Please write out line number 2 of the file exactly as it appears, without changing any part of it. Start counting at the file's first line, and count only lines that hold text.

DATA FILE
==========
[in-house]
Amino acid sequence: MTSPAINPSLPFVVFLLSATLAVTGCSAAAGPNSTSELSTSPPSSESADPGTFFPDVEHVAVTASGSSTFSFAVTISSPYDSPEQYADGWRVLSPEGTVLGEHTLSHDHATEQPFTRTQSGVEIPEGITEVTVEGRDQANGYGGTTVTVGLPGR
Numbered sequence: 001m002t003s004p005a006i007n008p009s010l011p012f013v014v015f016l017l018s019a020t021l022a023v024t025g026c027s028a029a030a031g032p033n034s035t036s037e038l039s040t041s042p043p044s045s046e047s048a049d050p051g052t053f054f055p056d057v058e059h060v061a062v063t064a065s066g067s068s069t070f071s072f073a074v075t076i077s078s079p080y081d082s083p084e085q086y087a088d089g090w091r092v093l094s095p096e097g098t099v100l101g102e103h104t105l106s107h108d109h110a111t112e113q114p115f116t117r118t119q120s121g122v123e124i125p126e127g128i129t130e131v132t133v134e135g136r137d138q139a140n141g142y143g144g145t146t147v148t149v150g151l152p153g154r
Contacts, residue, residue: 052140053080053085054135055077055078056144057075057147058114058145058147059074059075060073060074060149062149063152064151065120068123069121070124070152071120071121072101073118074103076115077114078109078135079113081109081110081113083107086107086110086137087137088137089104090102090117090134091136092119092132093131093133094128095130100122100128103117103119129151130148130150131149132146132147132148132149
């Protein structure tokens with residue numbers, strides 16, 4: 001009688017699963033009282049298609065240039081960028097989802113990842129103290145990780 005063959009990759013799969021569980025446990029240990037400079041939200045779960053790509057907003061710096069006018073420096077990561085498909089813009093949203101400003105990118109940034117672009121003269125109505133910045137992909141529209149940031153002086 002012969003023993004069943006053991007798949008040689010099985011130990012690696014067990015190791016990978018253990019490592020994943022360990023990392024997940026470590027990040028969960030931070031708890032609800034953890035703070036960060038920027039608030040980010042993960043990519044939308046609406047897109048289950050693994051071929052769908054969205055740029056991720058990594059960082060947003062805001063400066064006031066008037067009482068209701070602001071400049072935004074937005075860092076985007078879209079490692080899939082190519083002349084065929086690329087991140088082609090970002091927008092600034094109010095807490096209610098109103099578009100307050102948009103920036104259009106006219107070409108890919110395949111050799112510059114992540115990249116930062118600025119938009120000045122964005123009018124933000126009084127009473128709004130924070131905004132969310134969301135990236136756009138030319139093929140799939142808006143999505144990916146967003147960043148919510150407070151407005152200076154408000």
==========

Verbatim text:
Amino acid sequence: MTSPAINPSLPFVVFLLSATLAVTGCSAAAGPNSTSELSTSPPSSESADPGTFFPDVEHVAVTASGSSTFSFAVTISSPYDSPEQYADGWRVLSPEGTVLGEHTLSHDHATEQPFTRTQSGVEIPEGITEVTVEGRDQANGYGGTTVTVGLPGR